Study of Diffusion Kinetics and Microstructure for FeF3-CF (Carbon-Fiber) 3D Composite Electrodes

Wednesday, May 14, 2014
Grand Foyer, Lobby Level (Hilton Orlando Bonnet Creek)
H. Zhou (Oak Ridge National Laboratory), S. K. Martha (Indian Institute of Technology Hyderabad, Oak Ridge National Laboratory), J. Li, S. Pannala, N. J. Dudney, J. Nanda (Oak Ridge National Laboratory), J. Wang, and P. V. Braun (University of Illinois at Urbana-Champaign)
Recently, we investigated the role of electrode architecture on the capacity retention and hysteresis of iron (II and III) fluoride conversion compound.1 The unique electrode architecture consists of nanometer sized iron fluoride particles (~ 25-50nm) coated with multilayer graphitic platelets and bound to an electronic backbone comprising of an interconnected network of carbon fibers (5-9 µm diameter).  The carbon coated fluoride particles are bound to the carbon fiber through a carbonaceous binder derived from petroleum pitch.2 This unique combination of reduced particle size and electrode architecture significantly improves the local electronic conductivity enhancing the electrochemical performance such as better capacity retention and C-rate performance. Further, we observe a significant reduction of voltage hysteresis to ~ 0.9V compared to 1.5 V for normal FeF3 slurry electrodes3. Electrochemical cycling at elevated temperature (60oC), improves the reaction transport kinetics yielding almost theoretical specific capacity (700 mAhg-1) with reasonably good cycle life with a small concomitant reduction in the hysteresis (Figure 1). The estimated overall energy density based on the active mass of FeF3 in the electrode is about 1650 Wh kg-1covering both the intercalation and conversion window (1.5–4.5 V). The overall performance of this 3D-structured cathode is impressive, and may provide a new cathode/electrode concept for next generation high energy density batteries.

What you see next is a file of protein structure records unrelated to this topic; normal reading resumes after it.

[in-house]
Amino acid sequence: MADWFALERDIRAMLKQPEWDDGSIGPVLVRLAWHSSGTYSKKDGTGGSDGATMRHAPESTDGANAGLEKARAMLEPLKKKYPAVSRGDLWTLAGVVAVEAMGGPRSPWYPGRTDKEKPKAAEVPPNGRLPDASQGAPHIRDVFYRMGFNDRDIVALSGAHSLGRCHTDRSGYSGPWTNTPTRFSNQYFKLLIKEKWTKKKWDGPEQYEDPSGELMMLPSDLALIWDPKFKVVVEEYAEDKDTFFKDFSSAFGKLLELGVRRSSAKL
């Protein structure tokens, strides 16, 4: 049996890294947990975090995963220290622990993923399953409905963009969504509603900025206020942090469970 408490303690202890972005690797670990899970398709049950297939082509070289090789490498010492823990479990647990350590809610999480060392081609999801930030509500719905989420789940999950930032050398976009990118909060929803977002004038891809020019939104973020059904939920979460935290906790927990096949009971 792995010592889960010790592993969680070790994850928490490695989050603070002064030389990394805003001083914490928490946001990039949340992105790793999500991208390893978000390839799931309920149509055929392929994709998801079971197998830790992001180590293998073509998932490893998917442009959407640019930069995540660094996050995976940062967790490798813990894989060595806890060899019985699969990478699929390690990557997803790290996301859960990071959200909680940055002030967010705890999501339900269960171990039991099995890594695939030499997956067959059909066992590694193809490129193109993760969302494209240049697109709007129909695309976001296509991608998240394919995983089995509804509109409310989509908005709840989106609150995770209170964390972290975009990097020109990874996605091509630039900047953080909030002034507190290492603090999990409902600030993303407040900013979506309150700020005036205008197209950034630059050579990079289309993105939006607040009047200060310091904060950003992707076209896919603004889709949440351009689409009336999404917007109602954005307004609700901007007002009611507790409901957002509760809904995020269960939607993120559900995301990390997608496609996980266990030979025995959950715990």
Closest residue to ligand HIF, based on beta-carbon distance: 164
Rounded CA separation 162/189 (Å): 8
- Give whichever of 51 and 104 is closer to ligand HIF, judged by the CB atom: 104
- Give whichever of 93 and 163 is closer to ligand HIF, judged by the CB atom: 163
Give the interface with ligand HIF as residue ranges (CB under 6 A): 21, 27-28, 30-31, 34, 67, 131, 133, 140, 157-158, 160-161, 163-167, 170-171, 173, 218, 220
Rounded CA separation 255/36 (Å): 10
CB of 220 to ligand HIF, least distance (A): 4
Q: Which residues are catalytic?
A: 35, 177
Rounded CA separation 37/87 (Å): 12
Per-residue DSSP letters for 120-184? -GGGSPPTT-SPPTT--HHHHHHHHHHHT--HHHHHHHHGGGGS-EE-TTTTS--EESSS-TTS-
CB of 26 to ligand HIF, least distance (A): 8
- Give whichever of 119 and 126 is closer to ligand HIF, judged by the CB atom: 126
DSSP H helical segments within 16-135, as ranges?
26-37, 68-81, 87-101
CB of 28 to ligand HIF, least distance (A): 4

Figure 1. (a). Voltage vs. capacity profiles of a Li/FeF3 cell (on carbon fiber) cycled between 1.5 V and 4.5 V (C/50 rate) at 60oC. (b) Capacity plotted as a function of cycle number for the Li/FeF3 cell. Capacity is evaluated based only on FeF3 active material. 

Although initial cycle life looks promising, we notice capacity fade after 50 cycles clearly suggesting that further investigation are needed to understand the diffusion kinetics and/or structural stability of various intermediate conversion phases.  We will present detailed investigation  of various reaction phases and the kinetics of FeF3 and FeF2 electrodes at room temperature, 45 and 60 °C based on potentiostatic intermittent titration (PITT), electrochemical impedance spectroscopy (EIS), electron microscopy (S/TEM) and X-ray diffraction (XRD).


This research is sponsored by the Laboratory Directed Research and Development Program of Oak Ridge National Laboratory, managed by UT-Battelle, LLC, for the U. S. Department of Energy.


  1. S. K. Martha, J. Nanda, H. Zhou, J. C. Idrobo, N. J. Dudney, S. Pannala, S. Dai, J. Wang, and P. V. Braun, RSC Advances. (Accepted 2013).
  2. S. K. Martha, N. J. Dudney, J. O. Kiggans and J. Nanda, J. Electrochem. Soc., 159, A1652-A1658 (2012).
  3. P. G. Bruce, B. Scrosati, and J-M. Tarascon, Angew. Chem. Int. Ed., 47, 2930-2946 (2008).